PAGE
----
Here's another intriguing infographic from the Woorkup, which shows two things: At the top, the number of people around the world affected by censorship. And, at the bottom, the portion of people in those countries that have access to the internet:
There's probably not much to say about this, except to note that the topline figure for people muzzled by censorship is a shockingly massive portion of the world—25% of people alive.
Then again, you could argue that censorship is only effective in countries where Internet penetration is low, because with a bit of technical know-how it's easy to hop the Internet firewalls such as the ones that China and Iran have in place. So while censorship has grown, it's probably not nearly as effective a tool for state control as it once was.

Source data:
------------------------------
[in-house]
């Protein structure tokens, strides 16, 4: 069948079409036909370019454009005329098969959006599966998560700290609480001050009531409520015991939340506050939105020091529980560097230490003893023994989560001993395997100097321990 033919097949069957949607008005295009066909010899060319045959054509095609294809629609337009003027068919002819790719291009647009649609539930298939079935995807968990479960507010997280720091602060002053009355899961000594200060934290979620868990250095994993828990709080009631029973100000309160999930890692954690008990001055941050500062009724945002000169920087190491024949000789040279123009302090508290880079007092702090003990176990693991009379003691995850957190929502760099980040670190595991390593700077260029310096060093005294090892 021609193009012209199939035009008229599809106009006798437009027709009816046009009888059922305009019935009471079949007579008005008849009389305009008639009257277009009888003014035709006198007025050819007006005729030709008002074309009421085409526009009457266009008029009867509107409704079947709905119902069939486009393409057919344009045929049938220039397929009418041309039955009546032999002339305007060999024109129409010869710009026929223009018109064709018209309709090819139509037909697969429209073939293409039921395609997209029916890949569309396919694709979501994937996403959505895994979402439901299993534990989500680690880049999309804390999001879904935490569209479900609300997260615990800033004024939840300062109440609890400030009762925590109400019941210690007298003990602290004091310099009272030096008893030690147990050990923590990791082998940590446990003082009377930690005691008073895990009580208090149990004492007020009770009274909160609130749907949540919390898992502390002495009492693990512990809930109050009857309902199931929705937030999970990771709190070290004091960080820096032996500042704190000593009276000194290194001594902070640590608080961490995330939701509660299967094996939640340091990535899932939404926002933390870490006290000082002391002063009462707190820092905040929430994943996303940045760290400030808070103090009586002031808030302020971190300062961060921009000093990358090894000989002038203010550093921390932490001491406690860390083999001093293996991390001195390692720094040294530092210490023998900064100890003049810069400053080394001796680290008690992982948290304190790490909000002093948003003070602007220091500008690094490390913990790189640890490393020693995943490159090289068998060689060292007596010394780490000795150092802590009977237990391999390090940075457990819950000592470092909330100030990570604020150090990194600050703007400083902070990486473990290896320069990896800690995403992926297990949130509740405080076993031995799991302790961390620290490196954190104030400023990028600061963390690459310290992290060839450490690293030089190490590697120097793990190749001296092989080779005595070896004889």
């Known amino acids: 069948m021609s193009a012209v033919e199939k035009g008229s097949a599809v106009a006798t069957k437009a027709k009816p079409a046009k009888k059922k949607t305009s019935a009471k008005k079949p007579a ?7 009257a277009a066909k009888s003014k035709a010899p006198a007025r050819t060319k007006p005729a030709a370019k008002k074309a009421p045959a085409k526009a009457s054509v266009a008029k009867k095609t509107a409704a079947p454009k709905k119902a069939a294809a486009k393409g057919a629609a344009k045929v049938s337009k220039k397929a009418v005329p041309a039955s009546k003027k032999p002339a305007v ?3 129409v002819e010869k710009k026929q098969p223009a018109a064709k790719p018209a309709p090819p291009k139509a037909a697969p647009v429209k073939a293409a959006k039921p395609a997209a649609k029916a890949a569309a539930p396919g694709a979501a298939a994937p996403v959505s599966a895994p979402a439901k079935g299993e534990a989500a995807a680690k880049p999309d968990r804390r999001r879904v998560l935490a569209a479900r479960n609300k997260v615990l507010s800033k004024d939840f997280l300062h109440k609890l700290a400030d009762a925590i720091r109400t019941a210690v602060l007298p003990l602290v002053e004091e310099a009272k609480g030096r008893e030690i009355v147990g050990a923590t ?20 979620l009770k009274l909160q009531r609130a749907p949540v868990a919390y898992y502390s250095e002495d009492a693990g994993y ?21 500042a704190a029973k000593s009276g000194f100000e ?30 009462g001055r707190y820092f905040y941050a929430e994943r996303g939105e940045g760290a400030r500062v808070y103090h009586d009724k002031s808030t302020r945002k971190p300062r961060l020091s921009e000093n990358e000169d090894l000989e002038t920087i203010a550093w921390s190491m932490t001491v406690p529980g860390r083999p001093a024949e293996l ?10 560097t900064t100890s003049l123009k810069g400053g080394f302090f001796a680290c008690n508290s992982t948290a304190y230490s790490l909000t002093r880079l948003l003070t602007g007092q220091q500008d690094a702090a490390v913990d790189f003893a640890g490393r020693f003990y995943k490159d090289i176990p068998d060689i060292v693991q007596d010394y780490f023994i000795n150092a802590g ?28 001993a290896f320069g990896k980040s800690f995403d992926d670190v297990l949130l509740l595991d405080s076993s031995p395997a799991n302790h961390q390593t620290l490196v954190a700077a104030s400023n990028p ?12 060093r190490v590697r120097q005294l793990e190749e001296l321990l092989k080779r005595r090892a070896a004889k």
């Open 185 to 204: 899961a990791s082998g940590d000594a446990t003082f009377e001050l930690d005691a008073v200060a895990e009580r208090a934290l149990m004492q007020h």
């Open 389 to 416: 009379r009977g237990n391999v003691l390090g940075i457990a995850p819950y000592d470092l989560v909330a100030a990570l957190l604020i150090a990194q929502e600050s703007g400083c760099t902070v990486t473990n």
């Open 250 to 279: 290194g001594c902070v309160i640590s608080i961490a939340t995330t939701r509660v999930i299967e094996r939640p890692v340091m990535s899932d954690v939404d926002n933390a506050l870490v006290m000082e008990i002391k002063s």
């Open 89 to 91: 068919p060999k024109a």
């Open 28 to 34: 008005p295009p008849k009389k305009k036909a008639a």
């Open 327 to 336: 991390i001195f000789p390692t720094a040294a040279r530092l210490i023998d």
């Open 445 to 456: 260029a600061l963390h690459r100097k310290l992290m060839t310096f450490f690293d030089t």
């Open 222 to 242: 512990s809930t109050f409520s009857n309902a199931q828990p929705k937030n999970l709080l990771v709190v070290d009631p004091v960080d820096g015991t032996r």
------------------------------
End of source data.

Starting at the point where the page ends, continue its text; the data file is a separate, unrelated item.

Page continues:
And that might be one reason why in many of the countries with both high censorship and high Internet penetration—such as China, Iran, and Egypt—the government is sustained by nationalism. After all, you may hate your government, but you'll let them stand if you hate everyone else even more.